My rating: 4 of 5 stars
I had my Nabokov period in my twenties. I was mesmerized by the man's writing and read everything of his that I could get my hands on. One of those things was, of course, Lolita.
I can no longer be sure (because it was such a long time ago in the dim mists of my personal history) whether my memories of the book are truly memories of the book or of the old movie starring James Mason as Humbert Humbert and directed by Stanley Kubrick. I saw enough of that movie on television that it made a lasting impression on me. Either way, each (the movie and the book) in its own way was a tour de force.
I can remember finding parts of the book/movie laugh-out-loud funny when I first read/watched. Funny how time and life experiences change one's perspectives. Having children certainly changes one's perspectives. Having two daughters changes one's perspectives. I can no longer find anything about Humbert Humbert funny. He is a monster, a sick pedophile whose chosen prey is prepubescent girls.
This book was published in the U.S. sixty years ago this year. It was a very different world into which Nabokov birthed his creation. It's hard to even imagine today the kind of reaction it must have evoked at the time.
It was excoriated in some quarters as pornography and those critics were not far off the mark. On one level, it is a disgusting book on a disgusting subject that could only appeal to some very sick readers. Today, we live in a world where it is known that many priests, coaches, teachers, not to mention parents and step-parents, and others in positions of authority over defenseless children have taken advantage of and abused them to satisfy their own twisted lust. Humbert Humbert would be right at home in that crowd, although he would protest vociferously, with erudite language, against his inclusion.
And that is the other level on which this book can be read. Nabokov was such a master of language(s). The word play, the literary allusions, the wit with which the narrator Humbert expresses himself are all of the things that were so appealing to me about Nabokov's writing. They are the things that drew me to his books in the first place.
He was always a challenge to my understanding. He widened my horizons. He presented a test to my two years of French study because often long passages of his books were written in French. I loved that. It was like a secret puzzle to which I had the key.
But Lolita as erotica? There is nothing erotic about child rape unless you are truly sick, and let's not beat about bush, that is the subject of this novel. Twelve-year-old Lolita comes under the control of Humbert Humbert, the gentleman lodger in her mother's house who, in fact, married the mother so that he would have access to the daughter. When the mother meets an untimely death under the wheels of a neighbor's car, Humbert does not at first inform the daughter, who is away at camp.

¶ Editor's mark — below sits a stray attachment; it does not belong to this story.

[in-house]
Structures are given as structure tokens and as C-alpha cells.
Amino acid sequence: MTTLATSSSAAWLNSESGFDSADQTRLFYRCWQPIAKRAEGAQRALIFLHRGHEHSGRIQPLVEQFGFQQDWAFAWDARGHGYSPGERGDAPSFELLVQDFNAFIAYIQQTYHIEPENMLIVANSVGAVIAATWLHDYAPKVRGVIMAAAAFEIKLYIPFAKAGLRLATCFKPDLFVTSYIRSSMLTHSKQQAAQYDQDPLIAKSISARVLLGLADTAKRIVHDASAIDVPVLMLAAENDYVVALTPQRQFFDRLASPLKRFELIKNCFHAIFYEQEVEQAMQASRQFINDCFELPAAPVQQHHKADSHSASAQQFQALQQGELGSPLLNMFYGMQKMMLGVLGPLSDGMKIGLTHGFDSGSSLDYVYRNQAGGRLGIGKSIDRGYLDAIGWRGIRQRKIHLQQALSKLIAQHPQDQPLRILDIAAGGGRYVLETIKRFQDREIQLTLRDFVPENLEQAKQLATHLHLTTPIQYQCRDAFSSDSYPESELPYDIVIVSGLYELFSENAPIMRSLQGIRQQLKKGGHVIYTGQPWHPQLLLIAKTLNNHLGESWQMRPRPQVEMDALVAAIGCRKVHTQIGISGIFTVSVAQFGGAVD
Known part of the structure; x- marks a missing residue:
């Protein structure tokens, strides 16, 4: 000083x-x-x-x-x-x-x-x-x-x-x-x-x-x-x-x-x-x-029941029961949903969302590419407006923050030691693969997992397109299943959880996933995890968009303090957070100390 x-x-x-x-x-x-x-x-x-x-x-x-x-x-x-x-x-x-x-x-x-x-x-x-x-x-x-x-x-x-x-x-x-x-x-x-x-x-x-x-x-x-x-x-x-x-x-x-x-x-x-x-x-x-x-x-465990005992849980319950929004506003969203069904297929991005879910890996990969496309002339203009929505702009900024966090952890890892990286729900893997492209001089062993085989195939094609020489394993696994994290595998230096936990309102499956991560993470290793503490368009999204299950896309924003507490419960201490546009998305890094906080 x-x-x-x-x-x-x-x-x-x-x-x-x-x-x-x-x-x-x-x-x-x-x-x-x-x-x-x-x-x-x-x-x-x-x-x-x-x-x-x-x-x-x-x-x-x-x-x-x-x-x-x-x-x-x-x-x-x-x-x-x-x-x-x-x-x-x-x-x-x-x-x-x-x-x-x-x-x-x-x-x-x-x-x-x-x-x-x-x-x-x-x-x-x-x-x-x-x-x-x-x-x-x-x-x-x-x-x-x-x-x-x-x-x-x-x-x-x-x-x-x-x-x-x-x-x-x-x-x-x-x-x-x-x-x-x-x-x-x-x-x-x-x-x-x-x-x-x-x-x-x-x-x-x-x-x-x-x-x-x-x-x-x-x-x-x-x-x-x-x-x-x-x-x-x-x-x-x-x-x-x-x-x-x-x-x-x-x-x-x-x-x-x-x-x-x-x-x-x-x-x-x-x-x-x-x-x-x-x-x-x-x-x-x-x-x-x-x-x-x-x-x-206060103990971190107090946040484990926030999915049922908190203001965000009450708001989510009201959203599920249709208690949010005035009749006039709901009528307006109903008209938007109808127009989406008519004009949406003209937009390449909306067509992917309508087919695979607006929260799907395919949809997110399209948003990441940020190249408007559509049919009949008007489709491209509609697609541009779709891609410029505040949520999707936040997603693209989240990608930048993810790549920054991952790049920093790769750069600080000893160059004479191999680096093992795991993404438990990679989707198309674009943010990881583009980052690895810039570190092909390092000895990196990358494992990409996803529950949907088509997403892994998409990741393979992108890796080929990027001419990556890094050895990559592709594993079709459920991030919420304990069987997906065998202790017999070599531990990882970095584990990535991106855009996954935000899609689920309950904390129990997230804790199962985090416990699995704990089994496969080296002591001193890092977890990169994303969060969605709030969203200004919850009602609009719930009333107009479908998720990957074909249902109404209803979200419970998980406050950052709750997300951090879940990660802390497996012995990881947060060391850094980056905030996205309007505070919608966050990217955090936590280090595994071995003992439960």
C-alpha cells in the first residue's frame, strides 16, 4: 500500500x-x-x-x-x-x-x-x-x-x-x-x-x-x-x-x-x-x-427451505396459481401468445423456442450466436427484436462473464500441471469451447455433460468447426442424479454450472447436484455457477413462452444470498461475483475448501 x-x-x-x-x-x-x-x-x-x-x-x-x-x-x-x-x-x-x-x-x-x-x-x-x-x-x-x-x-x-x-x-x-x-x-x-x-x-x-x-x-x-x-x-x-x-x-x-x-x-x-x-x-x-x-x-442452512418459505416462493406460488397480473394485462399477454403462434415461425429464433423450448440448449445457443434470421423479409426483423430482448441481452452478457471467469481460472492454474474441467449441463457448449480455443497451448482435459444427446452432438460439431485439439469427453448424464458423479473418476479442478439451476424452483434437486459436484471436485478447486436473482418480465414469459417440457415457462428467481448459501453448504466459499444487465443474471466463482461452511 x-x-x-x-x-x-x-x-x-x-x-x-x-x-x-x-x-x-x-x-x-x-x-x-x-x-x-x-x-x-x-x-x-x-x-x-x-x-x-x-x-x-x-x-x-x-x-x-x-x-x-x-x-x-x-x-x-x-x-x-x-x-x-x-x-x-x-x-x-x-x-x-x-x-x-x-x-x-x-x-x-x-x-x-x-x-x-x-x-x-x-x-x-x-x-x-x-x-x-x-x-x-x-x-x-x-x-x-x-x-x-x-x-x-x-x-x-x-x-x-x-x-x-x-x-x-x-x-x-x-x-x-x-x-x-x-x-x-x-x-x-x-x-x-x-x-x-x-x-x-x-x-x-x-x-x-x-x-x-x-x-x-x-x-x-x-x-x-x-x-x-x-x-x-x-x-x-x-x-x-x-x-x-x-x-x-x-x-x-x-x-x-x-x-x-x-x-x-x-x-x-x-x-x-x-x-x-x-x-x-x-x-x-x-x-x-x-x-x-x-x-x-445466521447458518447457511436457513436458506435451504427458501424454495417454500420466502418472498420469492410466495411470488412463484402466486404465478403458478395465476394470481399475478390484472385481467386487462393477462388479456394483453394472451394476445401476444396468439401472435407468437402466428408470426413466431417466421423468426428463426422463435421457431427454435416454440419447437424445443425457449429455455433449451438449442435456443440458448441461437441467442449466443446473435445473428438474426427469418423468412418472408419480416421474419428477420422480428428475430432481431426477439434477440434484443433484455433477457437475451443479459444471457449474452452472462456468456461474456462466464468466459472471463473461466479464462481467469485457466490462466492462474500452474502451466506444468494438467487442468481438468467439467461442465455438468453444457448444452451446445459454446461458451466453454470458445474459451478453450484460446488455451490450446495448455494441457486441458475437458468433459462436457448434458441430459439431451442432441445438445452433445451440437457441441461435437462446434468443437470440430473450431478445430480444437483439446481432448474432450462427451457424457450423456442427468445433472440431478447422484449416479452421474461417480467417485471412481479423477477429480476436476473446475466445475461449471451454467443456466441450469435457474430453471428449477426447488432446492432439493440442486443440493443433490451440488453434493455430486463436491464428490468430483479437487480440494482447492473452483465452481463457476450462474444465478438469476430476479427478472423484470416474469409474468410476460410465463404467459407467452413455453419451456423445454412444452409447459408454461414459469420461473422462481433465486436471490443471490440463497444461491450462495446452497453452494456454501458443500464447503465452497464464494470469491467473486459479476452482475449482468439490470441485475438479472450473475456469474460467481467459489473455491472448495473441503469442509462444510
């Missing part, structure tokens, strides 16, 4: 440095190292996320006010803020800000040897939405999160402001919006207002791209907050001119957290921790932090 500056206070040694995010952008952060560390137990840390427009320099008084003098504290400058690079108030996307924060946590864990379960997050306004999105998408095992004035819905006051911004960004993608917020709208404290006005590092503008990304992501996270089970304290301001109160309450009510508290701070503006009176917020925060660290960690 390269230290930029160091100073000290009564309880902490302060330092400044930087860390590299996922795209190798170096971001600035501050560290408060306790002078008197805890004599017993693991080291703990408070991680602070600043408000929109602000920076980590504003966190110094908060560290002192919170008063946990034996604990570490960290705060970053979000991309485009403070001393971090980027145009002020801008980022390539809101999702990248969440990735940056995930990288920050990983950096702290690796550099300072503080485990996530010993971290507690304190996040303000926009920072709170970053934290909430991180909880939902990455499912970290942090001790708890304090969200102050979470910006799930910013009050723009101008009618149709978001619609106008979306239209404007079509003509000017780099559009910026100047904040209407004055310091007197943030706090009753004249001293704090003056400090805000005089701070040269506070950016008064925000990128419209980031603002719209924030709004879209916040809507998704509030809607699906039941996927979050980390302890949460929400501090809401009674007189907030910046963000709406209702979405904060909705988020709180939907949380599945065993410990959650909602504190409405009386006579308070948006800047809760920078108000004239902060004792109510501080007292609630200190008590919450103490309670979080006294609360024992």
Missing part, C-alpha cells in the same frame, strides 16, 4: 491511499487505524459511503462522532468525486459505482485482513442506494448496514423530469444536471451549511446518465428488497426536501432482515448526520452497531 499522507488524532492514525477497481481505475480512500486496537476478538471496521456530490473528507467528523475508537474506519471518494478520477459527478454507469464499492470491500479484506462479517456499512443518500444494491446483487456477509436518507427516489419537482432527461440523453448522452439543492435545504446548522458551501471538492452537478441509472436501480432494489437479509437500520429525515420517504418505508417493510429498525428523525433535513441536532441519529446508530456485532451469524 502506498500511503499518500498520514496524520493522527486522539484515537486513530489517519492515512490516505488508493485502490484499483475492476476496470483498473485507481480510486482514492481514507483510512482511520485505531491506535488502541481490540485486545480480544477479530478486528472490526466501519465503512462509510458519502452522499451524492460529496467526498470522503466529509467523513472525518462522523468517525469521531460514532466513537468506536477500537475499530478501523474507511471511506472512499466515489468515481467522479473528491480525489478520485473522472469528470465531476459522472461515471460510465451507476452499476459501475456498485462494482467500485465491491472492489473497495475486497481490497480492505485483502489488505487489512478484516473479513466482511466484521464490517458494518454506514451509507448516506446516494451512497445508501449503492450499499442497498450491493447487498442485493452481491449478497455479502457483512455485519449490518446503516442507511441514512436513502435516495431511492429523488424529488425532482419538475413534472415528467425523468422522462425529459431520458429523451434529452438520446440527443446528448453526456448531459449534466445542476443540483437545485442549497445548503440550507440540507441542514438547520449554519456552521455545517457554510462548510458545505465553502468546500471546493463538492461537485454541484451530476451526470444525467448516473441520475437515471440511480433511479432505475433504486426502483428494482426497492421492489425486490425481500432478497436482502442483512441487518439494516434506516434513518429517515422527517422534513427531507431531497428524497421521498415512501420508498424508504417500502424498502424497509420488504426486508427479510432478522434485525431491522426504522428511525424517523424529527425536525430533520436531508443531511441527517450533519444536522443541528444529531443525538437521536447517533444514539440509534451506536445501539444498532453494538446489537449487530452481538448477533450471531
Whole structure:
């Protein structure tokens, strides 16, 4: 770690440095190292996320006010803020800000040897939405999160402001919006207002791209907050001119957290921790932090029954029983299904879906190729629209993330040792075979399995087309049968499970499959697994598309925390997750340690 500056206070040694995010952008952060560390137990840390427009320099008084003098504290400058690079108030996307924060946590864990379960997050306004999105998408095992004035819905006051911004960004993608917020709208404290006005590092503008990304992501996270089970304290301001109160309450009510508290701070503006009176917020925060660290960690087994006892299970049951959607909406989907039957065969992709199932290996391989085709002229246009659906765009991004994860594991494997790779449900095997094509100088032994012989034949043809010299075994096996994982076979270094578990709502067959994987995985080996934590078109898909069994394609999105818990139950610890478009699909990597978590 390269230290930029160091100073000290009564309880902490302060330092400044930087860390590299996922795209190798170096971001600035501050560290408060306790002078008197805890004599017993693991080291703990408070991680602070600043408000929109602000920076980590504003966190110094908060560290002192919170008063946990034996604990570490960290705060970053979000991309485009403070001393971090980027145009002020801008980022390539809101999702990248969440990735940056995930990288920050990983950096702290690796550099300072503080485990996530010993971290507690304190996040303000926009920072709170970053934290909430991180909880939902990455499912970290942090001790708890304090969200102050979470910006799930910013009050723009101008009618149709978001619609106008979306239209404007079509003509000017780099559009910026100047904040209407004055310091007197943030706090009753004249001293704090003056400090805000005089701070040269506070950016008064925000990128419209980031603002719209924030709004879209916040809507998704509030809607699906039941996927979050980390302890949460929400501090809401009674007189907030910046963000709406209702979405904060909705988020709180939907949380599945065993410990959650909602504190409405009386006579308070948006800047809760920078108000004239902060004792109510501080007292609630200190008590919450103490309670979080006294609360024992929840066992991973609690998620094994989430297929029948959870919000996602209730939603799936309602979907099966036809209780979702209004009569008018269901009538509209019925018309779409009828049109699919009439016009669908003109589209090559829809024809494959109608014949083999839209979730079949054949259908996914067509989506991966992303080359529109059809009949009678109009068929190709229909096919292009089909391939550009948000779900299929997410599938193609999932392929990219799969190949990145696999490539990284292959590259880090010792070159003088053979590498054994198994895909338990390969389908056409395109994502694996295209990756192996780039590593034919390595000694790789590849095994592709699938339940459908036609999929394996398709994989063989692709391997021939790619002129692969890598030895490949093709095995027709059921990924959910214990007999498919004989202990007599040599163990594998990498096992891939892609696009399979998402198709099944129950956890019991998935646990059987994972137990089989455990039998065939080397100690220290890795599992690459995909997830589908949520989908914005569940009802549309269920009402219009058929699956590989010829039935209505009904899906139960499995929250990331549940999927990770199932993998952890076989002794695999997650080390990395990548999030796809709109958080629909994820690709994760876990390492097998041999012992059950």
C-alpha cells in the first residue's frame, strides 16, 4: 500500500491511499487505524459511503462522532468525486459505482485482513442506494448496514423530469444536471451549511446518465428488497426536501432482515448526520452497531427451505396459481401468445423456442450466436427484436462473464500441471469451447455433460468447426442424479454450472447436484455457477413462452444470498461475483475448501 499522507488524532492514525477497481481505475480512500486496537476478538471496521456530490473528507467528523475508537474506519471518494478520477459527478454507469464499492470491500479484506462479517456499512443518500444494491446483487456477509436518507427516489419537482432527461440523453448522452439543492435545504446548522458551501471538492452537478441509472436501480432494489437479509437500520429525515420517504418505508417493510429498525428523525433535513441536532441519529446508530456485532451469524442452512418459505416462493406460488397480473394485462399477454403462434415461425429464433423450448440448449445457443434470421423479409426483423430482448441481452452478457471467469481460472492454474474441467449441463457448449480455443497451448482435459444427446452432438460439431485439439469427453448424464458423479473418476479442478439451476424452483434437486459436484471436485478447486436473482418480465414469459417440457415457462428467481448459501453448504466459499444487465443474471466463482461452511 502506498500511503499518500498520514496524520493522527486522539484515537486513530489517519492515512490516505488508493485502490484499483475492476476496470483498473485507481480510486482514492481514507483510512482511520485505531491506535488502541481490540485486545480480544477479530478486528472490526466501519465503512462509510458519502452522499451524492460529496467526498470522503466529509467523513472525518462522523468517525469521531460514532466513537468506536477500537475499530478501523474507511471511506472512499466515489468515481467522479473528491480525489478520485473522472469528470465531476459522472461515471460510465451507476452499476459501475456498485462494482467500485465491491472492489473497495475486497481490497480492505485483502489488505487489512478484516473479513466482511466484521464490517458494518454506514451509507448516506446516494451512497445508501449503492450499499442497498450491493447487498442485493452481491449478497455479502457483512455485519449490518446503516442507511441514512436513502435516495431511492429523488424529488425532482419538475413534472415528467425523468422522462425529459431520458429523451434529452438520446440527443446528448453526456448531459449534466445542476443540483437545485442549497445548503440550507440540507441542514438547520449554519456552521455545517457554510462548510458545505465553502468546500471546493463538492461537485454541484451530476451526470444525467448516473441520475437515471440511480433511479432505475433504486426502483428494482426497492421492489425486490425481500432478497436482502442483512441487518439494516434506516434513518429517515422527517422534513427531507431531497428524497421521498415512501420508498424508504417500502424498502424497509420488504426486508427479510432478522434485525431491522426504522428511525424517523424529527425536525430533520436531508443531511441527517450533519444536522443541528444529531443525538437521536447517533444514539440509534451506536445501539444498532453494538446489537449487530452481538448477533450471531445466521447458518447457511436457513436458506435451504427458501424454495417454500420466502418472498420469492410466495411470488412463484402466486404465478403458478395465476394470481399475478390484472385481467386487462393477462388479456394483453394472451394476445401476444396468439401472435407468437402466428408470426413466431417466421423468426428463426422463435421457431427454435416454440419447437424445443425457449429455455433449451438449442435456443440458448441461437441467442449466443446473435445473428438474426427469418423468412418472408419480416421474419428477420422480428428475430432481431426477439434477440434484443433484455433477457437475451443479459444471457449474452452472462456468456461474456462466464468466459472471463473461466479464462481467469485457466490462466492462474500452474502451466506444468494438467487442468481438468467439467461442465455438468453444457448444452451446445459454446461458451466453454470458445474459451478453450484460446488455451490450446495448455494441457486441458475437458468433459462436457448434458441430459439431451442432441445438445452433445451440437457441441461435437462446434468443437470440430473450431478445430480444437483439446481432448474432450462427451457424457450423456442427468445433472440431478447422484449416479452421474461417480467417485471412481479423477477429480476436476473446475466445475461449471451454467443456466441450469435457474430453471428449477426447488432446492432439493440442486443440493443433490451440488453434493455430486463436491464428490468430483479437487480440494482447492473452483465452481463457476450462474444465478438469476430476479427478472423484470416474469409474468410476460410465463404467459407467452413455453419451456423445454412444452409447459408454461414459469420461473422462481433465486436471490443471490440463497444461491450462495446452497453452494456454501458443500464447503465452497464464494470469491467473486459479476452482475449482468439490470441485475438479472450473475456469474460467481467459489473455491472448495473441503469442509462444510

Finally, after the funeral, he goes to pick up his step-daughter and sets out on a cross-country trip with her, still not informing her of her mother's death. He tells her instead that her mother is sick and in hospital. Along the way, when he is angry with her one day, he does tell her that her mother is dead. This twelve-year-old child is now completely in his power and has nowhere to turn.
This is Humbert's narration, of course, and he takes great pains to convince us that he was the one seduced and manipulated, that Lolita had already lost her virginity to a schoolmate, Charlie. He portrays himself as a man in love and as a dedicated and caring lover. Nabokov allows him this self-delusion, but occasionally we can see behind this veil of smoke that he blows in our face. We catch a glimpse when Lolita wistfully watches the interaction of one of her friends with the friend's loving father. We can see it in her resigned accessing to Humbert's sexual demands on her; her bargaining for pocket money and gifts and for permission to participate in a school play in payment for her sexual favors. We can hear it when Humbert lets slip in his narration that every night after he feigns sleep, he can hear the child sobbing beside him in bed.
No, a sick piece of work he may be, but I can't work up any sympathy for Humbert Humbert. His sob stories of all his suffering do not soften my heart in the least. It has been irrevocably hardened by Lolita's nightly tears.
And so, even though this is an amazing accomplishment simply on the level of language and story-telling, I just can't bring myself to give it five stars. The subject matter is so distasteful to me that it interferes with my enjoyment of the artistic accomplishment.
Vladimir Nabokov was quite a writer. There are few who could touch him in skill, and he was known for writing about difficult and often unsavory subjects. Ada, another book of his that features incest, comes to mind. One has to wonder where the mild-mannered scholar and lepidopterist gained his curiosity about or his knowledge of such subject matter. Perhaps it takes a master writer to even make such subjects readable.
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